Due to how hard it is to use existing VMDKs, it might just be easier to create your own install instances. You can use QEMU since it is a lot easier to create a specific sized file. For my test I created a ten Gig VMDK file to install my operating system on. Now you can make smaller files especially if you want to keep the OS small enough to put on a thumb drive but just make sure when you do the OS install that you keep it limited enough so you can fit within the smaller file. The file will only grow as you use it, so do not worry about creating large files. Using a DOS window I went to the folder where I installed QEMU and ran this command:
qemu-img.exe create -f vmdk Ubuntu610-test.vmdk 10G
In seconds it created the necessary file. I created an appliance folder under My Documents and moved the test VMDK into a folder there called Ubuntu610.
~~ The VMX File
The VMX file is a required file for VMWare to work. It basically contains the configuration settings for your VMWare instance. Within this folder I then created file called Ubuntu610-test.vmx and opened it with Notepad. Inside I pasted the following information:
config.version = "8" virtualHW.version = "3" ide0:0.present = "TRUE" ide0:0.filename = "Ubuntu610-test.vmdk" memsize = "256" MemAllowAutoScaleDown = "FALSE" ide1:0.present = "TRUE" #ide1:0.fileName = "auto detect" #ide1:0.deviceType = "cdrom-raw" ide1:0.fileName = "--path-to-ISO-image--" ide1:0.deviceType = "cdrom-image" ide1:0.autodetect = "TRUE" floppy0.present = "FALSE" ethernet0.present = "TRUE" usb.present = "TRUE" sound.present = "TRUE" sound.virtualDev = "es1371" displayName = "Ubuntu 6.10 Test" guestOS = "Ubuntu" nvram = "Ubuntu610-test.nvram" MemTrimRate = "-1" ide0:0.redo = "" ethernet0.addressType = "generated" tools.syncTime = "TRUE" ide1:0.startConnected = "TRUE" uuid.action = "create" checkpoint.vmState = ""
Now you need to adjust the following lines:
-- "ide0:0.filename" to the name of your VMDK file that you created. -- "memsize" to the memory size you wish to allocate to your VMWare virtualization instance. If you can afford 512 or 1GB set it otherwise at least give 256 or 192 mb. -- "ide1:0.fileName" replace --path-to-ISO-image-- to the location of where the ISO you download is. Like: C:\Documents and Settings\User\Desktop\Ubuntu610.iso -- "displayName" to the name you want displayed. -- "guestOS" to the version of OS you are installing. -- "nvram" to the name of the nvram file which is usually the same name as your VMDK file.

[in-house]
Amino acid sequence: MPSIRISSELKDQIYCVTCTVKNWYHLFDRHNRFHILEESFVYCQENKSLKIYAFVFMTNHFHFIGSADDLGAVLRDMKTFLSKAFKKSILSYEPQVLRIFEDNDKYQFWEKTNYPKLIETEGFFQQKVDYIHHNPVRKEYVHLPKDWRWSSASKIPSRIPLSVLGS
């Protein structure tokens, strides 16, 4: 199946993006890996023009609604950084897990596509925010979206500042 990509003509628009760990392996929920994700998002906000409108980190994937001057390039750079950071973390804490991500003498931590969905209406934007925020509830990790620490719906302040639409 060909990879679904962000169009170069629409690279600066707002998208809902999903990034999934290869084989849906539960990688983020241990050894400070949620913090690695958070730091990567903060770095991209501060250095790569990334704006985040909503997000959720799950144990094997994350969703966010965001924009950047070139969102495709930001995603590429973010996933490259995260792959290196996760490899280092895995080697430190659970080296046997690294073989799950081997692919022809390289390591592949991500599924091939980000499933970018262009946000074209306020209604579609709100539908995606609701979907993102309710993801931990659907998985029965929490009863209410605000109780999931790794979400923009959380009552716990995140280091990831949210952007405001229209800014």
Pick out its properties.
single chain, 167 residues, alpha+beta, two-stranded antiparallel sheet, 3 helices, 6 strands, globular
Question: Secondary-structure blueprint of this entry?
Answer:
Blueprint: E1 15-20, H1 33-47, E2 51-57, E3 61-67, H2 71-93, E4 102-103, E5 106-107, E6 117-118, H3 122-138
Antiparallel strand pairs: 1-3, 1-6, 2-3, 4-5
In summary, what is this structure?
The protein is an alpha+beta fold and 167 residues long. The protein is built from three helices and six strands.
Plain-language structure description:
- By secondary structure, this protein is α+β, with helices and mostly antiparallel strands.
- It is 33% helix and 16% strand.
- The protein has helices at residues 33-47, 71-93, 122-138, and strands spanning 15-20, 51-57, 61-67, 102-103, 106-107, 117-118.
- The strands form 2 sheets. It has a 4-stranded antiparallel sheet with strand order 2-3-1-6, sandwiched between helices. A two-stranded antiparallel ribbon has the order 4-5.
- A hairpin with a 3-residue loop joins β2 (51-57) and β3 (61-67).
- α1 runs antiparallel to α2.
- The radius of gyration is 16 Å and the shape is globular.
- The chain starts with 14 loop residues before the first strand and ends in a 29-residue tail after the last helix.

I then saved the file.
~~ Booting VMWare Player the First Time
Now I just started up the VMWare Player, browsed to the appropriate instance I wanted to start, selected the file, and hit Open. VMWware Player then booted up. It detected that the CD rom had a bootable ISO in it and started the Ubuntu install. Once Ubuntu loaded, I selected "install" off its desktop and proceeded to install the OS into the VMDK file. After the install I updated for latest security patches and other application. Rebooted and then I was up and going.
~~ A Different OS
Now with this setup it is easy to use QEMU to create another VMDK file and after downloading another Linux ISO, create a new VMX file and then boot VMWare Player to my new ISO and install. In less than 5 minutes I am able to install any OS that I want. Additionally I can back up the VMDK and VMX files and take them with me to work or other computers.
~~ Uses of VMWare Player
Probably the best reason I can see using VMWare Player like this is to create a mini OS virtualizations that can be used for Browsing the web. You would do this so that anything that was downloaded or done on the mini OS would not affect your primary desktop OS. This would protect you from spyware, viruses, etc to some extent.
Also these VMDK files are compatible with all VMWare programs. So if you set up VMWare Server that we talked about in our previous podcast you can use it there.